JTF (just the facts): Published in 2022 by Skylark Editions (here). Softcover, with 24 color spreads. Includes an introductory essay by Dawoud Bey (on the inside cover flap.) Design by Bri Elliott. (Cover and spread shots below.)
Comments/Context: When scanning the tables at a photobook fair, often what I’m looking for is actually something I haven’t seen before. While every book is of course different and every artist has his or her own unique perspective, many photobook projects travel roads we’ve collectively been down many times previously, making their insights somewhat less revelatory or unexpected. So when a book comes along that shakes things up a bit or does something different, it tends to stand out.
Jonathan Castillo’s Car Culture is just such a photobook. Castillo’s book is filled with images of Los Angeles residents in their cars, and from that very short description, we wouldn’t necessarily assume we were in anything like new territory. Mike Mandel made images of people in their cars back in the 1970s; Chris Dorley-Brown did it again in London in the mid 1980s, followed by Andrew Bush in LA in the late 1980s; and Michael Spano tried out the same subject in New York somewhat more recently, and there are likely more names who can join this list. What’s different about Castillo’s photographs is that all of the other photographers generally took their images from the side (some at high speed), while Castillo has made his from directly in front, while in traffic.
How Castillo achieved this particular angle is worth understanding. If he had simply sat in the back of his car and shot out the back window, his subjects would have seen him at work, likely disrupting the process to some degree. So he mounted his camera and tripod in the back of his hatchback trunk so it could be triggered without being visible. His next problem was the light – images taken from that frontal angle would typically have a reflected, dark, or shadowed windshield, thereby obscuring the very people he wanted to photograph. His solution borrowed from Philip-Lorca diCorcia’s innovative across the sidewalk strobe used in his late 1990s series “Heads”; Castillo rigged up a flash in a companion car and used a radio-controlled trigger to synchronize the shutter and the strobe. The resulting artificial light briefly lit up the unsuspecting commuters, allowing him to get the images he wanted.
America’s car-centric culture is deservedly world renowned, and the Los Angeles version is its own particular variant, with its sprawling highways, low rise strip malls, wide boulevards, and neighborhoods designed to be traversed by car. And in just two dozen pictures, Castillo provides a quick tips-of-the-waves sampler of the Los Angeles vibe. The simplest place to start is a taxonomy of vehicles, which Castillo dutifully records, with their frontal grills and headlights like metallic faces. He gives us the conspicuous bling of the Rolls-Royce and more understated luxury of the Mercedes-Benz and Tesla; various smaller VW bugs, Fiats, and Mini Coopers; a range of practical Toyotas and Hondas; a few trucks and SUVs (one with a surfboard mounted on top); a selection of beaters with broken headlights and shiny muscle cars; and the more mundane service vehicles of a bus, a taxi, a U-Haul truck, and a mail van.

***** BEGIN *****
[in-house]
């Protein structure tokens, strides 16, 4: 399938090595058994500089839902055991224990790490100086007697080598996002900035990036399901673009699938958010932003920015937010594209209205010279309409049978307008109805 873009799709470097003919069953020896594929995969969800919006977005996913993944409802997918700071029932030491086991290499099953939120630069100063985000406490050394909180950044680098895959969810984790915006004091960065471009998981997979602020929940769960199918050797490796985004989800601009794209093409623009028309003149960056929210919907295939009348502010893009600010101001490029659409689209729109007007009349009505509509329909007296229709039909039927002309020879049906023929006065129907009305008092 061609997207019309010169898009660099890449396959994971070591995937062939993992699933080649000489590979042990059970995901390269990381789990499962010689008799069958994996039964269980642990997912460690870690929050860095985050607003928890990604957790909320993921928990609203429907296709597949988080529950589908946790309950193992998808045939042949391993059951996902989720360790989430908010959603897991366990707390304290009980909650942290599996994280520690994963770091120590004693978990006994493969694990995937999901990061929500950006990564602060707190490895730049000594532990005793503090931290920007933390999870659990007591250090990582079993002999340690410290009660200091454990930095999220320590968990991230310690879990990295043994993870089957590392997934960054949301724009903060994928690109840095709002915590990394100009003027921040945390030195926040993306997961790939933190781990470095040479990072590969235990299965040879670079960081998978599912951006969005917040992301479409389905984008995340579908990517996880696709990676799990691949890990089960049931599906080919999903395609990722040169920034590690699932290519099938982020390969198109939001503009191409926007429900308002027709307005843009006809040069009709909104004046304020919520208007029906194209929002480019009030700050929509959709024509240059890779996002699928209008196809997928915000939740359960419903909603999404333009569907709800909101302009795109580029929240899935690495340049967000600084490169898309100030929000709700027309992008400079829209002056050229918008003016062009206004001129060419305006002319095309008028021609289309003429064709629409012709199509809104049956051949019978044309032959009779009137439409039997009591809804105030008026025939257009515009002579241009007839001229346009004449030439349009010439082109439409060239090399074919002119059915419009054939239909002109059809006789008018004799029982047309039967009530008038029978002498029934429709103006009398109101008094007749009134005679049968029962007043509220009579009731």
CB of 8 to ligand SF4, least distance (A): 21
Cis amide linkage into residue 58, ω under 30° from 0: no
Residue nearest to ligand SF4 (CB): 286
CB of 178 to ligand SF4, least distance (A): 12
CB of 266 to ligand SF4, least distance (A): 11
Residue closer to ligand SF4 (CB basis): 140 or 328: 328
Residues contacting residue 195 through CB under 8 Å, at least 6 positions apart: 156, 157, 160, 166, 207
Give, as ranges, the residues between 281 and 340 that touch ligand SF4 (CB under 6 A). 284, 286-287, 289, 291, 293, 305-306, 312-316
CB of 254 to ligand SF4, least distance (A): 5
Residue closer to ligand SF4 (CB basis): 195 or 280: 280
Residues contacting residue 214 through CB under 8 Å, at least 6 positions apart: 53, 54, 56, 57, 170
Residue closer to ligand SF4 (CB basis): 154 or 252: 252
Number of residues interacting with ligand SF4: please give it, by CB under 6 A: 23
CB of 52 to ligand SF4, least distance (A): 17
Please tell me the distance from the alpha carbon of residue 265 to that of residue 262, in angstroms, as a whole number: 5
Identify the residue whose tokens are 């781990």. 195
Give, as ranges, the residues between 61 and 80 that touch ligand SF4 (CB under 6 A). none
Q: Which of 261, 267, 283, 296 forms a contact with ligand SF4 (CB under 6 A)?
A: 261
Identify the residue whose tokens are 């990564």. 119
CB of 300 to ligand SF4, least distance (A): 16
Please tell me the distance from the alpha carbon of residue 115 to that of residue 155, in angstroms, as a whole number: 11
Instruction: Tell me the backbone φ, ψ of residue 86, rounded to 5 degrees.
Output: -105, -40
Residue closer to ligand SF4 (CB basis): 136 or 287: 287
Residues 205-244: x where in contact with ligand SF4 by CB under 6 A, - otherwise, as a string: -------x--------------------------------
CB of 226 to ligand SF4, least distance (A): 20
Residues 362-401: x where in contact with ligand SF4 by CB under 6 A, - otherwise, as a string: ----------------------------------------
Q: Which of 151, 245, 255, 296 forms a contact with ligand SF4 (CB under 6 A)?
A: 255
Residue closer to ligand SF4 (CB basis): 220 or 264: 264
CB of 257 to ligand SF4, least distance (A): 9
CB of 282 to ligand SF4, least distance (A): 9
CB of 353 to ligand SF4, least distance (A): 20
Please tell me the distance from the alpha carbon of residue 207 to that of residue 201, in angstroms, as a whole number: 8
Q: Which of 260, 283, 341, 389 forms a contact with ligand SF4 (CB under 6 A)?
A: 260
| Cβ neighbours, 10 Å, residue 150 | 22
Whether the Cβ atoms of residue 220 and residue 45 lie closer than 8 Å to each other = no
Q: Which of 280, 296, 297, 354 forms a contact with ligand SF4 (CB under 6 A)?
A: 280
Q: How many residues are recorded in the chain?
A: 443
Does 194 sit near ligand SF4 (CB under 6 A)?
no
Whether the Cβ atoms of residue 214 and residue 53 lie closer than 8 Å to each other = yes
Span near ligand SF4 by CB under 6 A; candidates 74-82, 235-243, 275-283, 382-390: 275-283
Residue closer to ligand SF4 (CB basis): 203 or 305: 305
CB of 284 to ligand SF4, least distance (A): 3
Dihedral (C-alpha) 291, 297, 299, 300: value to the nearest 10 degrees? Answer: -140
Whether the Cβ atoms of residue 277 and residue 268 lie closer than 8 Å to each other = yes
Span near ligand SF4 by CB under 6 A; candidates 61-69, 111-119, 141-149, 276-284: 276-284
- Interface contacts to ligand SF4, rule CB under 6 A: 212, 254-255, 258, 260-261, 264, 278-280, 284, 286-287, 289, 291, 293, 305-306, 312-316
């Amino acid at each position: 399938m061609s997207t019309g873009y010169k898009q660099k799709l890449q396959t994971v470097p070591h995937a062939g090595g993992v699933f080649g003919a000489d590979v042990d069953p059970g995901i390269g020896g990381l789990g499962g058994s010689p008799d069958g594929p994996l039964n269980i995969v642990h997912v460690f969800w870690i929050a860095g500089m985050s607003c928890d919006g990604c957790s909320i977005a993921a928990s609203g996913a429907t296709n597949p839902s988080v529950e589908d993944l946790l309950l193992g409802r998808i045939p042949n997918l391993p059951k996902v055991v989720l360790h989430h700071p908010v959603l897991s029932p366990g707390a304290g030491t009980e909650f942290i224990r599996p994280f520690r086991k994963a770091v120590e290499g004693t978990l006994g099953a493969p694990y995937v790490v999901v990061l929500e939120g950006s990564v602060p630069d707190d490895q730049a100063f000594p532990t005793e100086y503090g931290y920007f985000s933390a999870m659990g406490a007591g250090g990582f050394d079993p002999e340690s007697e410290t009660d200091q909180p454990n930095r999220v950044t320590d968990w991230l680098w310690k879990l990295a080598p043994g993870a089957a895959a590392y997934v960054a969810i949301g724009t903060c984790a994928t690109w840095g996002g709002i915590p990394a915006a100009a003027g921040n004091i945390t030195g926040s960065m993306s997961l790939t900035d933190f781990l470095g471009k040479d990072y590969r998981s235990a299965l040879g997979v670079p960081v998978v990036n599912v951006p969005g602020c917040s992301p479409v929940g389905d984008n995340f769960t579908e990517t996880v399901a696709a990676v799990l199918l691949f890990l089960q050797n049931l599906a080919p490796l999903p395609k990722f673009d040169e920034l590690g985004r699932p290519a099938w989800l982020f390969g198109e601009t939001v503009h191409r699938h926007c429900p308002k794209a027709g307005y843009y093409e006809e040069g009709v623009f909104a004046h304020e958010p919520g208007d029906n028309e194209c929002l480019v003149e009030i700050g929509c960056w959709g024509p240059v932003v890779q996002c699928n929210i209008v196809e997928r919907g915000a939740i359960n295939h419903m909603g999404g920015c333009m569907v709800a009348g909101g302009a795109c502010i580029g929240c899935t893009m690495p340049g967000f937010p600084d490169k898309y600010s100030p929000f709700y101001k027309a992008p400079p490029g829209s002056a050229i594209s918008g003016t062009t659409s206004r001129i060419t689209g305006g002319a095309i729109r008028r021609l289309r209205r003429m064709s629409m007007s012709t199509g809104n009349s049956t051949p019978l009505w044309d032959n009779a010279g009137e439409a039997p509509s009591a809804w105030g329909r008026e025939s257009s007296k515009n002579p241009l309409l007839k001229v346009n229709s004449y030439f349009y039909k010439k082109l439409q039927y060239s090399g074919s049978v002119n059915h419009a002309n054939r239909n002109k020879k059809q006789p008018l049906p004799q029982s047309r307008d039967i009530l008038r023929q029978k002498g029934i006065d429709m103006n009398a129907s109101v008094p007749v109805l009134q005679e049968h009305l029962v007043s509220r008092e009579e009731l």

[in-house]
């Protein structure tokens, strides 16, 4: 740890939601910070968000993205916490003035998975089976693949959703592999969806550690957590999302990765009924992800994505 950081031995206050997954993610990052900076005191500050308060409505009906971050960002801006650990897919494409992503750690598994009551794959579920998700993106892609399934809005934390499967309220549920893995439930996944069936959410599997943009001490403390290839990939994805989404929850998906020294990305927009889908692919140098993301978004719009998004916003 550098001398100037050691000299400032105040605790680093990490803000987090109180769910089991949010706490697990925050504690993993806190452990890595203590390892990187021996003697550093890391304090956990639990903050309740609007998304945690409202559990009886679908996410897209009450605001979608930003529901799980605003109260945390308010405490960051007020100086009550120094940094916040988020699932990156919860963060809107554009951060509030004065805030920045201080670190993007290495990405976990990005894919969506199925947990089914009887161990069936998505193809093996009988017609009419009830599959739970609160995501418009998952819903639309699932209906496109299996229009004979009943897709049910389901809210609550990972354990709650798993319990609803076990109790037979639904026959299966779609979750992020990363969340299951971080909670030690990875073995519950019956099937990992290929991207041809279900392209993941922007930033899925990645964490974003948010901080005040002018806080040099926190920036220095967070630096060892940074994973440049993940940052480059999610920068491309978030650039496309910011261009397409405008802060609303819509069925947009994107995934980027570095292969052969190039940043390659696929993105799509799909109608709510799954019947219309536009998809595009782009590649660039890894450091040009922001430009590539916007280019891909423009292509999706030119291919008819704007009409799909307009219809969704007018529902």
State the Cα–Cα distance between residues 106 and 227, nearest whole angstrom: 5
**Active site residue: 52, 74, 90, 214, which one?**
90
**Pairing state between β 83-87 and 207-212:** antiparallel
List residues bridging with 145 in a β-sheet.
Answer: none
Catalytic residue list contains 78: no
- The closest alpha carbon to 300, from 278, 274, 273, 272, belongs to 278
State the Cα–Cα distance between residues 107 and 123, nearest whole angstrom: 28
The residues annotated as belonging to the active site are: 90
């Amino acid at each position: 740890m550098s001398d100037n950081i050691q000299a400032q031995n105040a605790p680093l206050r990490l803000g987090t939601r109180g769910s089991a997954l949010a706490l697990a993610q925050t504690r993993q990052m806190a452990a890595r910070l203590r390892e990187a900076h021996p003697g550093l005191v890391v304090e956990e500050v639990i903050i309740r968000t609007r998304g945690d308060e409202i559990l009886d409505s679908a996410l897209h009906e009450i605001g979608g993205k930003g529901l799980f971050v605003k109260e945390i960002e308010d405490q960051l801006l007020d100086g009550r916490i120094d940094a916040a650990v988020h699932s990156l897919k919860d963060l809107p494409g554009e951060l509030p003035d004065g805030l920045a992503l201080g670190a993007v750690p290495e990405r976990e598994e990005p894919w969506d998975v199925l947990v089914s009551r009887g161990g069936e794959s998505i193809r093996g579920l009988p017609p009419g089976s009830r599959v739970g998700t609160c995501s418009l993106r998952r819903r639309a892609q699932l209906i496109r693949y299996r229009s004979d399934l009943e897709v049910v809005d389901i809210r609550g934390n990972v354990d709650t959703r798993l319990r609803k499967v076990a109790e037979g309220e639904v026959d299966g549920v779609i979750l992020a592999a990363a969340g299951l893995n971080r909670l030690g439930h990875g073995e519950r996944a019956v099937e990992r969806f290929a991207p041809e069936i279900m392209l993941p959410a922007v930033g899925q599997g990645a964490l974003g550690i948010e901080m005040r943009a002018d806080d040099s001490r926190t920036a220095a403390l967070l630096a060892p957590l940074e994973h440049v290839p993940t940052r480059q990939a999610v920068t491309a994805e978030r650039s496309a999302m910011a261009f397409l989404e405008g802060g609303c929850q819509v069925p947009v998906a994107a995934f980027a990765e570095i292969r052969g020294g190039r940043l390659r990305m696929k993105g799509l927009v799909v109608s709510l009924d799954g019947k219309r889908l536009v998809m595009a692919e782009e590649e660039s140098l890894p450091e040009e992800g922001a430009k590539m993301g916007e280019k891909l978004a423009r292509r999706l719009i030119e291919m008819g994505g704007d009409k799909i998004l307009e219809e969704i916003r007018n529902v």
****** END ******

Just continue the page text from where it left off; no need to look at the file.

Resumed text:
And while these cars themselves offer some glimpses of individual personality, the drivers, their passengers, and the various objects found on dashboards and hanging from rear view mirrors provide further clues to their lives. Castillo’s light invention gives the faces in the cars a surreal Hollywood spotlight effect, their now visible expressions, from intent hands-gripping-the-steering-wheel stress to far off lost-in-thought gazes, giving us a flavor for how the locals handle the traffic. The range of sunglass styles is particularly wide, and the woman with a car load of balloons is perhaps the most wonderful of Castillo’s random finds. The determined man with a dashboard cluttered with junk, including his thick copy of “The Living Lincoln”, a Hard Rock cafe hat, a white fedora, a feather, and a box of Ding Dongs in the passenger seat is another memorable character drawn from usually anonymous streets.
Compositionally, Castillo’s unconventional back-of-the-car vantage point also provides a view of the Los Angeles landscape that we haven’t seen much of before – from the middle of the street. Each image is centered on the car behind Castillo’s, so the roadside buildings and lines of perspective recede into the distance. In some places, the surroundings are downtown skyscrapers; in others, they are filled with leafy greenery or towering palm trees. In many other locations, the streetscape is densely packed with commercial buildings, including signage and billboards that shout from both sides of the traffic and telephone and electric poles that march down the neighborhood blocks. Seen as one flow, Car Culture actually provides more topographical information than we might have expected, filling out our understanding of how Los Angeles actually feels and functions.
For a fixed format, single subject photography project, Castillo’s Car Culture has a surprising amount of visual richness. In each image, there is the potential for drama and the clues to an imagined narrative, making each turn of the page an adventure. But hiding beneath that effervescent joy and easy approachability is a deeper sense of photographic structure, where the innovative approach to the picture making has opened up some new creative white space for Castillo to explore. Car Culture is memorable for its simplicity and its freshness, two artistic qualities that are far harder to achieve than we might like to admit.
Collector’s POV: Jonathan Castillo does not appear to have consistent gallery representation at this time. As a result, interested collectors should likely follow up directly with the artist via his website (linked in the sidebar).